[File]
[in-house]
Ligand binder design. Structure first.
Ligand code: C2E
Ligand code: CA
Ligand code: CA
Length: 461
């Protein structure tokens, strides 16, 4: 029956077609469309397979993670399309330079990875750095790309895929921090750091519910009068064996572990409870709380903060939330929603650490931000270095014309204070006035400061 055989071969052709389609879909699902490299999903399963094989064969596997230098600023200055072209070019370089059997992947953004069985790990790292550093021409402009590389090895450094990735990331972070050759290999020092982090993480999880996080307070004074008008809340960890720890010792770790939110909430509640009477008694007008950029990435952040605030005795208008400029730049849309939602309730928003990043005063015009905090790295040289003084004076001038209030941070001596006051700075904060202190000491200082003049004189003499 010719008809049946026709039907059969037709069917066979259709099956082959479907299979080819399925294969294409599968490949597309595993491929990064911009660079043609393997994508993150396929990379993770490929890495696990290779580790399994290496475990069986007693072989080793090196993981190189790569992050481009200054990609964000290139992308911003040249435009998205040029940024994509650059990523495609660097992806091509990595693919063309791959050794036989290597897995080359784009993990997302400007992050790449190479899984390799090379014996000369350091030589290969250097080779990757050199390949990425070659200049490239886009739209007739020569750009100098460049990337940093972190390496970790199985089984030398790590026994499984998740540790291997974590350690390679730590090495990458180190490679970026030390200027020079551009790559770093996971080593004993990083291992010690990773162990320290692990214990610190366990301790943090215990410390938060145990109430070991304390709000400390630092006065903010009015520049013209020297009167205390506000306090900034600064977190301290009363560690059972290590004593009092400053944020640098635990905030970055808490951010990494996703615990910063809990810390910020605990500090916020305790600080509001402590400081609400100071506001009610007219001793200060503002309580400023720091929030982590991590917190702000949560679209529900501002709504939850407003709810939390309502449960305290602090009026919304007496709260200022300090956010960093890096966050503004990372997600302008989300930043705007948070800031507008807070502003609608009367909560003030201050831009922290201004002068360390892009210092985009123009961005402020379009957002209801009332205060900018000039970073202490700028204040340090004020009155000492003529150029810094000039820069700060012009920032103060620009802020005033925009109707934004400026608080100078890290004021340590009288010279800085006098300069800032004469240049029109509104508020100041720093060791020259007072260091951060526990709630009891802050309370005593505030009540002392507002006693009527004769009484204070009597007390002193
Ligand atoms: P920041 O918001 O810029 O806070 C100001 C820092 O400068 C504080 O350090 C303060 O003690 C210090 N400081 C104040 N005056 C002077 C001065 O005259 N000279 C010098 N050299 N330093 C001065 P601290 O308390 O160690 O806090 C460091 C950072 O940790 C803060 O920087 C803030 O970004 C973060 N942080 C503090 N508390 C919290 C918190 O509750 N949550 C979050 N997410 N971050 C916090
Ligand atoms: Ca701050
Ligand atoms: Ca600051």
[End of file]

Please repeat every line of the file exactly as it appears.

[in-house]
Ligand binder design. Structure first.
Ligand code: C2E
Ligand code: CA
Ligand code: CA
Length: 461
């Protein structure tokens, strides 16, 4: 029956077609469309397979993670399309330079990875750095790309895929921090750091519910009068064996572990409870709380903060939330929603650490931000270095014309204070006035400061 055989071969052709389609879909699902490299999903399963094989064969596997230098600023200055072209070019370089059997992947953004069985790990790292550093021409402009590389090895450094990735990331972070050759290999020092982090993480999880996080307070004074008008809340960890720890010792770790939110909430509640009477008694007008950029990435952040605030005795208008400029730049849309939602309730928003990043005063015009905090790295040289003084004076001038209030941070001596006051700075904060202190000491200082003049004189003499 010719008809049946026709039907059969037709069917066979259709099956082959479907299979080819399925294969294409599968490949597309595993491929990064911009660079043609393997994508993150396929990379993770490929890495696990290779580790399994290496475990069986007693072989080793090196993981190189790569992050481009200054990609964000290139992308911003040249435009998205040029940024994509650059990523495609660097992806091509990595693919063309791959050794036989290597897995080359784009993990997302400007992050790449190479899984390799090379014996000369350091030589290969250097080779990757050199390949990425070659200049490239886009739209007739020569750009100098460049990337940093972190390496970790199985089984030398790590026994499984998740540790291997974590350690390679730590090495990458180190490679970026030390200027020079551009790559770093996971080593004993990083291992010690990773162990320290692990214990610190366990301790943090215990410390938060145990109430070991304390709000400390630092006065903010009015520049013209020297009167205390506000306090900034600064977190301290009363560690059972290590004593009092400053944020640098635990905030970055808490951010990494996703615990910063809990810390910020605990500090916020305790600080509001402590400081609400100071506001009610007219001793200060503002309580400023720091929030982590991590917190702000949560679209529900501002709504939850407003709810939390309502449960305290602090009026919304007496709260200022300090956010960093890096966050503004990372997600302008989300930043705007948070800031507008807070502003609608009367909560003030201050831009922290201004002068360390892009210092985009123009961005402020379009957002209801009332205060900018000039970073202490700028204040340090004020009155000492003529150029810094000039820069700060012009920032103060620009802020005033925009109707934004400026608080100078890290004021340590009288010279800085006098300069800032004469240049029109509104508020100041720093060791020259007072260091951060526990709630009891802050309370005593505030009540002392507002006693009527004769009484204070009597007390002193
Ligand atoms: P920041 O918001 O810029 O806070 C100001 C820092 O400068 C504080 O350090 C303060 O003690 C210090 N400081 C104040 N005056 C002077 C001065 O005259 N000279 C010098 N050299 N330093 C001065 P601290 O308390 O160690 O806090 C460091 C950072 O940790 C803060 O920087 C803030 O970004 C973060 N942080 C503090 N508390 C919290 C918190 O509750 N949550 C979050 N997410 N971050 C916090
Ligand atoms: Ca701050
Ligand atoms: Ca600051």